Putin seeks to calm nerves after finance minister's ousting

27th September 2011, Comments 0 comments

Prime Minister Vladimir Putin on Tuesday moved to calm fears the Russian economy faced trouble after the ousting of finance minister Alexei Kudrin by splitting his duties between two top officials.

Putin appointed powerful First Deputy Prime Minister Igor Shuvalov and a little-known finance ministry official to replace Kudrin, widely credited for guaranteeing the stability of the Russian economy over the last decade.

Kudrin was forced out the day earlier in an extraordinary confrontation with President Dmitry Medvedev after he objected to the plan that would make Medvedev prime minister after Vladimir Putin returns to the Kremlin in 2012 elections.

Putin named low profile Deputy Finance Minister Anton Siluanov as acting finance chief, describing the new minister as a "good, strong specialist". Kudrin had occupied the post of finance minister since 2000.

But crucially, Kudrin's duties as deputy prime minister in charge of the economy and finance are to be taken by Shuvalov, one of the most visible members of the government and a key figure in its successful bid to win the 2018 World Cup.

Kudrin's dissent exposed unexpected cracks over the scheme for the 2012 polls and Putin sternly warned his cabinet that such insubordination would not be tolerated.

"I call on you all to worthily fulfil your duties until the new (post-election) government is formed and to increase discipline and responsibility," Putin told his cabinet.

Western investors had long been reassured by Kudrin's adamantine resistance to the extravagant spending demands by Russian ministers and his canny saving of the proceeds from Russia's oil exports.

Kudrin outraged Medvedev by saying at the weekend that he would not serve under him as prime minister in 2012 due to fundamental disagreements on economic policy -- in particular a ramping up of military spending.

Medvedev did not let the issue rest on Tuesday, saying after watching war games in western Siberia that the country must have strong military spending as "this is not a banana republic but the Russian Federation -- a very great country."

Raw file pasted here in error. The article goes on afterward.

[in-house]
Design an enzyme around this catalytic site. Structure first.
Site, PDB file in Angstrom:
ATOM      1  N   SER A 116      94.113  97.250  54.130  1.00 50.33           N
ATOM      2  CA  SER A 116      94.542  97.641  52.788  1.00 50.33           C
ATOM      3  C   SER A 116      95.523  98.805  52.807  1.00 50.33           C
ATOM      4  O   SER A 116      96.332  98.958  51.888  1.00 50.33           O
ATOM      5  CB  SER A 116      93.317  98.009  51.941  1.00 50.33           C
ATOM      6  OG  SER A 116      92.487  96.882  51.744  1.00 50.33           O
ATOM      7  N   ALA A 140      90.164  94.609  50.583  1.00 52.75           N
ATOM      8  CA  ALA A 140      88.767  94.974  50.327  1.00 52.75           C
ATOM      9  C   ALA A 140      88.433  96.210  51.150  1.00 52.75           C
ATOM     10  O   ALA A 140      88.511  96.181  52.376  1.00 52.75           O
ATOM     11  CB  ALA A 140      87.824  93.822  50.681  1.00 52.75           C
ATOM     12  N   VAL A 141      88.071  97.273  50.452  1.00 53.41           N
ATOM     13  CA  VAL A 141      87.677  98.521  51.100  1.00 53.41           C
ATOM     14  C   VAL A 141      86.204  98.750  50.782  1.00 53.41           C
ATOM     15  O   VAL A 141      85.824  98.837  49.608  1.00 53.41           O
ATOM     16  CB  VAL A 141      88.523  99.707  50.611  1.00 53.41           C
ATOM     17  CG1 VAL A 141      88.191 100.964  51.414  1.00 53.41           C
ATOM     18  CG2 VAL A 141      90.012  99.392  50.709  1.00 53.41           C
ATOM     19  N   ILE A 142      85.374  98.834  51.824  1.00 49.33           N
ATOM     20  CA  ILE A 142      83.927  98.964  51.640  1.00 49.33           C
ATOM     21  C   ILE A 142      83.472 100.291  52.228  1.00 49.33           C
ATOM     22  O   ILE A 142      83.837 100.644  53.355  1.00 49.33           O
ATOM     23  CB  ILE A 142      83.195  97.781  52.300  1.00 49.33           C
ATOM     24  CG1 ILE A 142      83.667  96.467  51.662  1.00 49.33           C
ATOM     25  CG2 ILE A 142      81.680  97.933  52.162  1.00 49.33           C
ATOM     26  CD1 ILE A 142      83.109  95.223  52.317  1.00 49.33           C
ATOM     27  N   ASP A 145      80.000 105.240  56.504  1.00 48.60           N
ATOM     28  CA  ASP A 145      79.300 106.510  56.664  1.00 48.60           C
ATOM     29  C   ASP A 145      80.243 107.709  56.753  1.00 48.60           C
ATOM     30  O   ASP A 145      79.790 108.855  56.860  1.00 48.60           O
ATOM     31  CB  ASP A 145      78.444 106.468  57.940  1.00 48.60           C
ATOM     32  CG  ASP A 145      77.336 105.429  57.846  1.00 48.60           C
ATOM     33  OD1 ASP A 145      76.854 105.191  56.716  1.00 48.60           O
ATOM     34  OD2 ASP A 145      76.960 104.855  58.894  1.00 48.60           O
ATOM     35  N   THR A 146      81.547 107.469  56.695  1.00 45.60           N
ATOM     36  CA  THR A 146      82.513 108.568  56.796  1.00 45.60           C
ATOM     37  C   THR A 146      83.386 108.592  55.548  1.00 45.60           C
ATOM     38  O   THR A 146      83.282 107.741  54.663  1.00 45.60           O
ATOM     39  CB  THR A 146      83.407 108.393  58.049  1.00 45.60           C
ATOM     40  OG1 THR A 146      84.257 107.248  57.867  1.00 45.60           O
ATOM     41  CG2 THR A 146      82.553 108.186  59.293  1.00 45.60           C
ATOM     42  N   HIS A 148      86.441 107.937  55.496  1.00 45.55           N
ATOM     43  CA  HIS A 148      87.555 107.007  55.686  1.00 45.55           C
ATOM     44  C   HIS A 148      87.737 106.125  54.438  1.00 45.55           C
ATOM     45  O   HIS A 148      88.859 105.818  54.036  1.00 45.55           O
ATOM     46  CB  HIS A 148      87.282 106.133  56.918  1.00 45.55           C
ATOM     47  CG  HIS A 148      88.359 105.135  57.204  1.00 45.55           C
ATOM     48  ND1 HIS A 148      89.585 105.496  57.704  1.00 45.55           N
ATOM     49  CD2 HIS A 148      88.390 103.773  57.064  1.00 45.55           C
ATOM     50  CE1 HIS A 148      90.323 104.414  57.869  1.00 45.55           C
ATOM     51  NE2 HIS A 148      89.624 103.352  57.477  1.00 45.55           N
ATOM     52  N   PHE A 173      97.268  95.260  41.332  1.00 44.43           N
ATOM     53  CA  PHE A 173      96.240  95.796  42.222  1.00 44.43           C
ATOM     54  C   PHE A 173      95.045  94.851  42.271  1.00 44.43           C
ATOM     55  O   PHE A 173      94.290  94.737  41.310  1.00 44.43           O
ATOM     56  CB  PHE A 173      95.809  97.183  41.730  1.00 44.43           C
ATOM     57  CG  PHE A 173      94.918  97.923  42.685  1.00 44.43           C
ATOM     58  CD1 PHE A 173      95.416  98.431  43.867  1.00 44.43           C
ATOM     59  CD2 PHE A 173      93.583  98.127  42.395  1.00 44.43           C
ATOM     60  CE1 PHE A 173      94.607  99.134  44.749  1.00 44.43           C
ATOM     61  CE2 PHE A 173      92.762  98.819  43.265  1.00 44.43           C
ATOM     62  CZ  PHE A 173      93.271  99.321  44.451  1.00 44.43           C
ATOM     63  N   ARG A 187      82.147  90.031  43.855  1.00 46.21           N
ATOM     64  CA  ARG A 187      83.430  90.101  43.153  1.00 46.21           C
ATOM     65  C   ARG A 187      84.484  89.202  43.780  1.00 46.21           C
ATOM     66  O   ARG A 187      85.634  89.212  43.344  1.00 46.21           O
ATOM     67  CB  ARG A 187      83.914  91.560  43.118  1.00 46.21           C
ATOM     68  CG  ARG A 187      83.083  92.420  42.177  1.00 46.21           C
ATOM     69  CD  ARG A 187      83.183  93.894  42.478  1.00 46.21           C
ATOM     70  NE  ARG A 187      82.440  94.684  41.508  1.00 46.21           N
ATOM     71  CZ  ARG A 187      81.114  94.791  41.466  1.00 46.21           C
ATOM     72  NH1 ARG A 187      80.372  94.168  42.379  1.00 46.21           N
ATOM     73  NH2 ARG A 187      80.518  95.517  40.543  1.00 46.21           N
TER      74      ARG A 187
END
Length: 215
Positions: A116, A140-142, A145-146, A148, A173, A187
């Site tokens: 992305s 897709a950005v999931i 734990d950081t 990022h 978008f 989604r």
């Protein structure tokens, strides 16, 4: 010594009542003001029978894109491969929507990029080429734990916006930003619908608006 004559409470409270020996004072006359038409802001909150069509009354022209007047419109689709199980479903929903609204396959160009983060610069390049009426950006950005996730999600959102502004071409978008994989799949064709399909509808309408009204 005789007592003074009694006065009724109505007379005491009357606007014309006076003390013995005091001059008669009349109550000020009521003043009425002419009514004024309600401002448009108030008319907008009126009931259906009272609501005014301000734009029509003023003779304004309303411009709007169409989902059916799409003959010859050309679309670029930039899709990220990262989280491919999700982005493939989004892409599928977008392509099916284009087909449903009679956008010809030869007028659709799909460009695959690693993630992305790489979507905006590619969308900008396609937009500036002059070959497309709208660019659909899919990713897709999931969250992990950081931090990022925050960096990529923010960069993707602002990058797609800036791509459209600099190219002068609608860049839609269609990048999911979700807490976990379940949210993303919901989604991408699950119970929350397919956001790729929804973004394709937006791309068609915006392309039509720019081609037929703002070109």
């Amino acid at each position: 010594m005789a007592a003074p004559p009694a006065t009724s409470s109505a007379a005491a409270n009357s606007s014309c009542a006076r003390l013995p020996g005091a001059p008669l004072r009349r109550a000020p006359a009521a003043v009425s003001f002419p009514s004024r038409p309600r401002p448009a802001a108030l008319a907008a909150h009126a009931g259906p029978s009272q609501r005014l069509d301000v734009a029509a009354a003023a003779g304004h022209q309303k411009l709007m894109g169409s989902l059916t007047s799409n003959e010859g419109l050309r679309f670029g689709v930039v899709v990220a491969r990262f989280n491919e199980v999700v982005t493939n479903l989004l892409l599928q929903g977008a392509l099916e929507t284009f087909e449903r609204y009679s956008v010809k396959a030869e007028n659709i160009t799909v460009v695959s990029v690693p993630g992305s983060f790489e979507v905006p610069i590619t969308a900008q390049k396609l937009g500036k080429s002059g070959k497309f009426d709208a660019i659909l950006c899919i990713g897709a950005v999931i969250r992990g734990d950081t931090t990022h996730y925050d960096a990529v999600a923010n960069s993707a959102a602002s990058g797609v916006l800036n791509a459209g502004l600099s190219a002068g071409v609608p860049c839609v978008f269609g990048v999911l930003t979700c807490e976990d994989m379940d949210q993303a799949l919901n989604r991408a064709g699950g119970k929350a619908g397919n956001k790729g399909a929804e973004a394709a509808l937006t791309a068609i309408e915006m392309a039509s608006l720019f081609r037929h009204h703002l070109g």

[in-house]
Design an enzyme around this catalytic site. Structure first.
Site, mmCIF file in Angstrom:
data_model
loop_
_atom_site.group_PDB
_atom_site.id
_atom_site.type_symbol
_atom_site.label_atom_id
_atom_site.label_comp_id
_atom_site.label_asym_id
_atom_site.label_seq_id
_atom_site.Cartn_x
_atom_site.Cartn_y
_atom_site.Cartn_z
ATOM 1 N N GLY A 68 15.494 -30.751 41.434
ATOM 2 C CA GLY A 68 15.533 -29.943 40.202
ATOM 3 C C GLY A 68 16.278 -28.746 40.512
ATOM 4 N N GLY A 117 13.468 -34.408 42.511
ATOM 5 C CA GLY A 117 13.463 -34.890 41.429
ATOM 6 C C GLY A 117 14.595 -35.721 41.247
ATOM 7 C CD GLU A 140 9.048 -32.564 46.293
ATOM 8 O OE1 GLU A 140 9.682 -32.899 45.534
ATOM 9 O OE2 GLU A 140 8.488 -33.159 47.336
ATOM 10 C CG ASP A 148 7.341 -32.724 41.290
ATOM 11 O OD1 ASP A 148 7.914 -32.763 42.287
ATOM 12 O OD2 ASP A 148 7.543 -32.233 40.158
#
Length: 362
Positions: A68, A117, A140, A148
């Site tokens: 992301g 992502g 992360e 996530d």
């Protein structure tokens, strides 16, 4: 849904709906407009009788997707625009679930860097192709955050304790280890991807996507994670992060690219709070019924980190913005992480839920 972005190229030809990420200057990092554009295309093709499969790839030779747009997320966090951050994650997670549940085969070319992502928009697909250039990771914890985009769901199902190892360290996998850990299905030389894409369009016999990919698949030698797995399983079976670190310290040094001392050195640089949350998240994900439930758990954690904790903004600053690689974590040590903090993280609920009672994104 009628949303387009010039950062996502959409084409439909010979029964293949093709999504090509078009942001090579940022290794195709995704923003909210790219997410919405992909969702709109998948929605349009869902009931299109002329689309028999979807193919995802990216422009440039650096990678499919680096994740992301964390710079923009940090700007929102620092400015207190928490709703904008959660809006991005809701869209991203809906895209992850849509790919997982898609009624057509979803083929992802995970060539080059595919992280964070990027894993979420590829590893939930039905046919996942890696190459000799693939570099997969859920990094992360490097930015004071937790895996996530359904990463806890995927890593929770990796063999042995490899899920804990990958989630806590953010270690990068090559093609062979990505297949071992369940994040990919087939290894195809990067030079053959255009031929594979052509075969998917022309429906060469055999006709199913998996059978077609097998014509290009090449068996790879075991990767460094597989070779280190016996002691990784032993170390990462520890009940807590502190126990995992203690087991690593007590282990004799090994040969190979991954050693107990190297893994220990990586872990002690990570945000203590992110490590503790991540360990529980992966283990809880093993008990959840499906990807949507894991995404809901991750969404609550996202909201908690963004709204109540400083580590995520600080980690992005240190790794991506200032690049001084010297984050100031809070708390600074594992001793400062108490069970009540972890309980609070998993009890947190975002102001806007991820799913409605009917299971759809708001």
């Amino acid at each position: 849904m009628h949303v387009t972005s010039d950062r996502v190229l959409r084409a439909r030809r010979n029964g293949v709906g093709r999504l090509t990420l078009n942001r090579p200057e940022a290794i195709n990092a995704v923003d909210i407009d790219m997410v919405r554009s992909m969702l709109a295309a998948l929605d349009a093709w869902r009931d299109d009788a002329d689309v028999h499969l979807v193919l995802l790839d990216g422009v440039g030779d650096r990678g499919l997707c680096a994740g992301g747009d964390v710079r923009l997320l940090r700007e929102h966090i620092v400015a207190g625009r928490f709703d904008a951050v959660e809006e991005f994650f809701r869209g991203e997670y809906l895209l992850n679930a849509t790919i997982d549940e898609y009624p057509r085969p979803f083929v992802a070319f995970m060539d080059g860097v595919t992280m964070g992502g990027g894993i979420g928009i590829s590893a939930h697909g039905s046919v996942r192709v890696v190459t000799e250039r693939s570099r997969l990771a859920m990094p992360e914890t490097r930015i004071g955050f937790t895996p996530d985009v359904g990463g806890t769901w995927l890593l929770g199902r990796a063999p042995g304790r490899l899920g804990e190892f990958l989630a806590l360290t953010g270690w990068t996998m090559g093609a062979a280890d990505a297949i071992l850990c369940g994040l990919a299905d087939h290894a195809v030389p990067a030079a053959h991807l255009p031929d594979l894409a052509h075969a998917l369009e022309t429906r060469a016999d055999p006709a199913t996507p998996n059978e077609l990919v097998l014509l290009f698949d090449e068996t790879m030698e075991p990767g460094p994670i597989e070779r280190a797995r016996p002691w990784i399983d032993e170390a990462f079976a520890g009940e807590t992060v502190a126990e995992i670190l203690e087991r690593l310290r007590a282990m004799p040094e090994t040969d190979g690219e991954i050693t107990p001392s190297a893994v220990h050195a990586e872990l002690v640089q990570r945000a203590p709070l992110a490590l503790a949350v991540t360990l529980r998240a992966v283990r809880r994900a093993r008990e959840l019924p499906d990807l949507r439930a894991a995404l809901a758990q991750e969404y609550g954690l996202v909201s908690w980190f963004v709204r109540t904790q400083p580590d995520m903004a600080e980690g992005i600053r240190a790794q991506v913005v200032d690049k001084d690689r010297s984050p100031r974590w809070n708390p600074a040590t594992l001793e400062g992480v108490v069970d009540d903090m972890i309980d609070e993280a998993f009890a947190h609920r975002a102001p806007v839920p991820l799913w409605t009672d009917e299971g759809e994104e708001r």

He warned: "However unpleasant it is for the budget there is always going to be high spending on defence.... And whoever does not agree with this can go work somewhere else."

Sources quoted in the Russian press said that personal ambition had also fuelled Kudrin's outburst as he was furious that Putin had not opted to choose him for prime minister after allegedly making such a promise earlier this year.

However, the deposed minister issued a statement Tuesday describing the idea he wanted to be prime minister as "imaginary", adding he had long been worried by the budget and had discussed resigning with Putin back in February.

The drama -- coming at a time when a new global financial crisis is raising fears over Russia's dependence on oil exports -- raised immediate concerns among economists.

"This local event is a strong negative signal for Russia's investment case," Russia's leading private bank Alfa Bank wrote in a note to clients.

"We believe that his abrupt resignation creates a risk of substantial deterioration in Russian budget discipline, which is particularly dangerous in the event of a crisis."

Renaissance Capital said any benefits of political stability from Putin's presidential bid have now been outweighed by the exit of Kudrin, who it described as "the market's talisman" for over a decade.

"Capital outflows rather than inflows are the short-term danger," it said.

Kudrin is credited with clearing up the massive external debt that Putin inherited from the 1990s, shielding Russia from the worst effects of the 2008 global financial crisis and convincing Western firms it was safe to invest in Russia.

"Kudrin's resignation will be a big blow for the Russian economy -- experts are already forecasting a new wave of capital flight, a fall in the ruble rate and inflation growth," said the daily Vedomosti.

Putin, Russia's president from 2000-2008, is almost certain to win the March elections and could serve two more terms to 2024, thereby overtaking Leonid Brezhnev as the longest serving Moscow leader since Joseph Stalin.

© 2011 AFP

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